STRATEGY: INDUSTRIAL MARKET SELECTION AND PRODUCT PLANNING
Industrial products are unique in that they are more technical and more complex than their consumer counterparts. Traditionally, the technicality and complexity of industrial products have made the industrial marketers to tend towards product orientation.
To address the problem of production orientation of the traditional industrial marketer, Corey (1976:40-41) proposed four key concepts that the marketer should keep in mind in market selection and product planning. They are discussed below:
- The basic and most important decisions in market /product strategies are those related to the choice of a market or markets to serve. Choice of market is a choice of the customer, competitive, technical, political and social environment in which one elects to compete.
- The form of the product is a variable not a given, in development market/product strategy. Market selection comes first and this is where the development of multiple variations of a particular product comes in.
- The “Product” is what the product does; it is the total package of benefits the customer receives when he buys. According to Corey, the point here is that, the product should not be conceived of narrowly in terms of its primary function.
- The product, in this broad sense will have different meanings to different customer. This consideration is important with regard to both market selection and product, pricing.
Products are developed to fit the need of the market and are modified as those needs change. The marketer evaluates market opportunities and selects viable market segments, which in term determines the direction of product policy.
The secret behind the success of industrial product firms is there core competencies.
According to Day (1992:326), Core competencies are embodied in the superior skills of employees, the technologies they have mastered, the unique ways in which these technologies are combined and the market knowledge that has been accumulated.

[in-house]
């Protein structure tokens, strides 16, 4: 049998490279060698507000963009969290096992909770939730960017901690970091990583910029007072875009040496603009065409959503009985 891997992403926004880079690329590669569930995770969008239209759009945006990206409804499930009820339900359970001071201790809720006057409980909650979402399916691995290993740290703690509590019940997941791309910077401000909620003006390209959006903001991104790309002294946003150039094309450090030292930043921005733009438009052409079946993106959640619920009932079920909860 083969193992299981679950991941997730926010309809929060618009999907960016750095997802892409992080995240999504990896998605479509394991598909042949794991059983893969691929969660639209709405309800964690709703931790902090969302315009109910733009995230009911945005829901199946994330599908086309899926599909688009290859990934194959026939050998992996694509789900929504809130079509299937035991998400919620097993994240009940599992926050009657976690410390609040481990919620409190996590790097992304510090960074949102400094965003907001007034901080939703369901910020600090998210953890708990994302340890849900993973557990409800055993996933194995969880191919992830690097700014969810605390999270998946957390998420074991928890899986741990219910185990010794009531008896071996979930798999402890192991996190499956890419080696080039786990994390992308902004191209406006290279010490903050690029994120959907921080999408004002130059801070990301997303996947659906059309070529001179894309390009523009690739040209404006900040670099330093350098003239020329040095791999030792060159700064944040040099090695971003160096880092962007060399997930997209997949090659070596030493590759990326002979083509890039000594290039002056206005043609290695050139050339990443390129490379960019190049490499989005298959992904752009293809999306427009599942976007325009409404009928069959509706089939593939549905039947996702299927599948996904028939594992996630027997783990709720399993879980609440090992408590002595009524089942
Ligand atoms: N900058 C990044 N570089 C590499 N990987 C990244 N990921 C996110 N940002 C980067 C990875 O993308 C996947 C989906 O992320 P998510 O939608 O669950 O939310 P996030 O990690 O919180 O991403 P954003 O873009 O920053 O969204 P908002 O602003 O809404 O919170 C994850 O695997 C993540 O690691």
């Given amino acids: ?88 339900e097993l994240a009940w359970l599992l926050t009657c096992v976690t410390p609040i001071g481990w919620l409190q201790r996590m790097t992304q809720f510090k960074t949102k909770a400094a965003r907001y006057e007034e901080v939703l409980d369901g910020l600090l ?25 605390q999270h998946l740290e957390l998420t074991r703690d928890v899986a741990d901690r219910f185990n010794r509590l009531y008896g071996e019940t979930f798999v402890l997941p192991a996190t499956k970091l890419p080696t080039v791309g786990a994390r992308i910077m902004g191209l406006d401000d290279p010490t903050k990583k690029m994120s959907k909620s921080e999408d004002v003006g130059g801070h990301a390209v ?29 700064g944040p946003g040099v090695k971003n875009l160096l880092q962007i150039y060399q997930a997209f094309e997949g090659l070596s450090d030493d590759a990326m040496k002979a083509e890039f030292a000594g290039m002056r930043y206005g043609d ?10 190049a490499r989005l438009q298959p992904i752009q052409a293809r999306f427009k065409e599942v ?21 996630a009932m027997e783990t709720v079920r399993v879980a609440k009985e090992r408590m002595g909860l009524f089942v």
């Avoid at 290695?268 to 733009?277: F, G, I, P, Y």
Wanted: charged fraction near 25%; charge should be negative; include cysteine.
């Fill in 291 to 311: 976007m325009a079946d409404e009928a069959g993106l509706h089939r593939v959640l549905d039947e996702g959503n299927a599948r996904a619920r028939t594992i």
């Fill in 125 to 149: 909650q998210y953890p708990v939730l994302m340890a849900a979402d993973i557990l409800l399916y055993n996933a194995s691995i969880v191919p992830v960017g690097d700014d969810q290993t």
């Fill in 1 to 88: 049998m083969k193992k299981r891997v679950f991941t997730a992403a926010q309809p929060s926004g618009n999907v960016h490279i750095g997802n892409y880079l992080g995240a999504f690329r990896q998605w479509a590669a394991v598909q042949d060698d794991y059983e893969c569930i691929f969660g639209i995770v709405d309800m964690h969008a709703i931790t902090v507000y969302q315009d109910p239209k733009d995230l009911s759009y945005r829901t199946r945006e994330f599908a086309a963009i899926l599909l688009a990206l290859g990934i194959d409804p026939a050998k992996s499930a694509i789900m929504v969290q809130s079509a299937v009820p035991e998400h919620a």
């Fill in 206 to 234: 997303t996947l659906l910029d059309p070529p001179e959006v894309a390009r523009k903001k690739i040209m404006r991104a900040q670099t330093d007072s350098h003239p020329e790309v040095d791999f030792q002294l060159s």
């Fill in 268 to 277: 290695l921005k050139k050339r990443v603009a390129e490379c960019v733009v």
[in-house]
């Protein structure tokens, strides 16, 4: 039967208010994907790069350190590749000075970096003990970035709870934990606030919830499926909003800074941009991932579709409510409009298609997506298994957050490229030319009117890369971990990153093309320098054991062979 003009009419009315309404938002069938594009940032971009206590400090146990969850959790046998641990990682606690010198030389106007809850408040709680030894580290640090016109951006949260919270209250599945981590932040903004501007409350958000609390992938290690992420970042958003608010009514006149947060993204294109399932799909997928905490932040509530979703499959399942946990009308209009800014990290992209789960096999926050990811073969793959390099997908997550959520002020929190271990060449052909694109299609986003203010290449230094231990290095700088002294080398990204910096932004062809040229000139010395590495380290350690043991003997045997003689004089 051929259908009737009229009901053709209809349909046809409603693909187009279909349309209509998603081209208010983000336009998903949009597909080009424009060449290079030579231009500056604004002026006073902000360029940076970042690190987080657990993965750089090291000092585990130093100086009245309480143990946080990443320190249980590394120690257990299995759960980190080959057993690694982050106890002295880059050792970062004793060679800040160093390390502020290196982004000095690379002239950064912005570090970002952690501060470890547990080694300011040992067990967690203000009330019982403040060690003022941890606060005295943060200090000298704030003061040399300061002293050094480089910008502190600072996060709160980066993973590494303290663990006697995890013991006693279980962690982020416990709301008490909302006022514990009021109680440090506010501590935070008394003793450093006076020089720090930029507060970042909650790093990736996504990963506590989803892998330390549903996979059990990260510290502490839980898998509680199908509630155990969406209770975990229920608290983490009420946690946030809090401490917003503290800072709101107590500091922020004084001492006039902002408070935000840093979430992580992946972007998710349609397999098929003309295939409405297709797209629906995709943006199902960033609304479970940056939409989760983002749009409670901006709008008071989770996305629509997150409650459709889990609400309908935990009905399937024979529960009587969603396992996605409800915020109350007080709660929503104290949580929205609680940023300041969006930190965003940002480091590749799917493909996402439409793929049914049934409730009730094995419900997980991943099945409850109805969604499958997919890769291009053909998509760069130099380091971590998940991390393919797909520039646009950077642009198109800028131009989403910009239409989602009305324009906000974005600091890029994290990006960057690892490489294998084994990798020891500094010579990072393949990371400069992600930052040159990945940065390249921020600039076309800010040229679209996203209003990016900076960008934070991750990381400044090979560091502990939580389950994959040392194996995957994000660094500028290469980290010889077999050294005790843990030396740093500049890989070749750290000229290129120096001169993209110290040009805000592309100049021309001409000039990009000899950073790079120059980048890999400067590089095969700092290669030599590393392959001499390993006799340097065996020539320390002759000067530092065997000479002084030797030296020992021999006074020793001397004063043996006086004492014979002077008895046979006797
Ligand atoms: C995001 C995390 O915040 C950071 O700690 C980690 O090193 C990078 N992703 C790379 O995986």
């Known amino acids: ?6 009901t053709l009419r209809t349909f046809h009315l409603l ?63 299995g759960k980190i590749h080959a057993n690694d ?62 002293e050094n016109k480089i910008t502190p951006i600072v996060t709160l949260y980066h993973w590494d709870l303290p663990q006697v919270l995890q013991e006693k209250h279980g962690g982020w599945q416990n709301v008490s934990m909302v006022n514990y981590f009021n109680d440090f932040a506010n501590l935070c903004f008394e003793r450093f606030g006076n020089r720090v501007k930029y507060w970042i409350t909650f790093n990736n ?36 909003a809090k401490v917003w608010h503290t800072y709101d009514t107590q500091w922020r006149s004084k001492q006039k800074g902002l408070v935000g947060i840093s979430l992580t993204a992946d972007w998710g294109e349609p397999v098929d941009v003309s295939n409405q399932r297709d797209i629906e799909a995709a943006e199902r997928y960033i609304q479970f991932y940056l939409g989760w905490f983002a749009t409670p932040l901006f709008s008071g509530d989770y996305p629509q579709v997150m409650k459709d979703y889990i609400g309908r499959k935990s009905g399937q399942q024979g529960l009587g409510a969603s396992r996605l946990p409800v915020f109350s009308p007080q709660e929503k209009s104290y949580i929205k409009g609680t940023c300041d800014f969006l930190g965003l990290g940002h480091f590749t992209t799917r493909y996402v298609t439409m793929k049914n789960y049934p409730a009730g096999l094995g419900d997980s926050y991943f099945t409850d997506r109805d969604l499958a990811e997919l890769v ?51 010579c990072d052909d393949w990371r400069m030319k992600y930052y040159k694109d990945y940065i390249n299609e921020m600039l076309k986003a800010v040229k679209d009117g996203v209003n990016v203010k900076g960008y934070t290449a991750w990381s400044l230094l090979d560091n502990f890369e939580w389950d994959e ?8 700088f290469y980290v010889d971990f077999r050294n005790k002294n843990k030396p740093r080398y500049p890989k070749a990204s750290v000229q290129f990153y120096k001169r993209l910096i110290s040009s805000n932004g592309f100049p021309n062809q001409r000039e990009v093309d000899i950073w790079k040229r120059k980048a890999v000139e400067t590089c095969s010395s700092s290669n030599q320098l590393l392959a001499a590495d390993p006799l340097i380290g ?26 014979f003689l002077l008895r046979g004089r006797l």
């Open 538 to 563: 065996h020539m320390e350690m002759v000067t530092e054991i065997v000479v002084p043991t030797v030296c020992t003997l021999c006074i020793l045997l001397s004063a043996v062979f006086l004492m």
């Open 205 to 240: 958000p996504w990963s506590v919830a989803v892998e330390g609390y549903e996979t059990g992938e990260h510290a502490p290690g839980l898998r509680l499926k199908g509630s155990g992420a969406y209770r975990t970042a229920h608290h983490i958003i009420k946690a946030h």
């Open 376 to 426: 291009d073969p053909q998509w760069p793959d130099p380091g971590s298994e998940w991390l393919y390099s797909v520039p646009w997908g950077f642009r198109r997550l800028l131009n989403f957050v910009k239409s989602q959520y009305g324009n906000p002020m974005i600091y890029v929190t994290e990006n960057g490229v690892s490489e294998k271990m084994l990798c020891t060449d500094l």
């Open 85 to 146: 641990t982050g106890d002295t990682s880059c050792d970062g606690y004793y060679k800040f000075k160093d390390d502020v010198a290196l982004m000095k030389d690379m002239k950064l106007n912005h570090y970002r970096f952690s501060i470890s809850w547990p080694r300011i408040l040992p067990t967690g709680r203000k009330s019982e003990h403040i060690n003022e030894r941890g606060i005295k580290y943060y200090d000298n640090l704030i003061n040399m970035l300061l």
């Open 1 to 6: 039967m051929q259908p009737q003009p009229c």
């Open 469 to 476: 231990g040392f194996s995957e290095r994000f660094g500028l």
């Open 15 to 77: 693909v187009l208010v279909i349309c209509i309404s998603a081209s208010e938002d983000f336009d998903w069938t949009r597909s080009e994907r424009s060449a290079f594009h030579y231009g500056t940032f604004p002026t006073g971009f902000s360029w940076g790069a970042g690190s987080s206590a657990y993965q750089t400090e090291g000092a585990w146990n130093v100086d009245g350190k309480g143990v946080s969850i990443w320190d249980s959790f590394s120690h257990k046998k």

IDENTIFYING CORE COMPETENCES
There are three ways of identifying core competencies of a firm
- Core competence provides potential access to an array of markets
- A core competence should make an important contribution to the perceived customer benefits of the firm’s and product.
- A core competence should be difficult for competitors to initiate.
Even though rivals might acquire the same production equipments or some of the technologies that contribute to the competence of the company, they might encounter severe difficulty in duplicating the company’s internal pattern of coordination and learning.
Quinn (1992:185) identified three common characteristics that make core competencies difficult to imitate.
STRATEGIC CHOICES OF PRODUCT MARKET
A manufacturer usually considers his strengths and weaknesses in selecting his market. Some other strengths of an individual. Company may be:
- Company reputation
- Company size
- Company financial capability / production resources
- Managerial capability
HORIZONTAL PRODUCT/MARKET CHOICE
Some of the key decision that the marketer has to make with regards to Horizontal product/market selection is:
Diversifying into new markets, in which case answers must be found to the following pertinent questions:
(a) Does the market have high growth potential?
(b) How difficult is it for competitors to enter the market?
(c) Product Market positioning
(d) Product line proliferation
VERTICAL PRODUCT/MARKET CHOICE
It is also of strategic importance for the industrial marketer to choose the market level at which he will enter the market.
The starting point for this vertical product market choice is determination of the level at which the product concept would be meaningful. The pertinent questions are:
(a) Is there possibility that market development can be aborted by poor product quality or by product use?
(b) Where are the points in the manufacturing chain where quality risks exist?
(c) Can the company minimize risk by taxing responsibility itself for the step in the manufacturing process?
Product service is a very important competitive tool in industrial marketing. The marketer is advised to always take a total concept view of the product, recognizing the services that augment the product offering such as after-sale service.
Through their service operations manufacturers can also gather and analyze product performance data.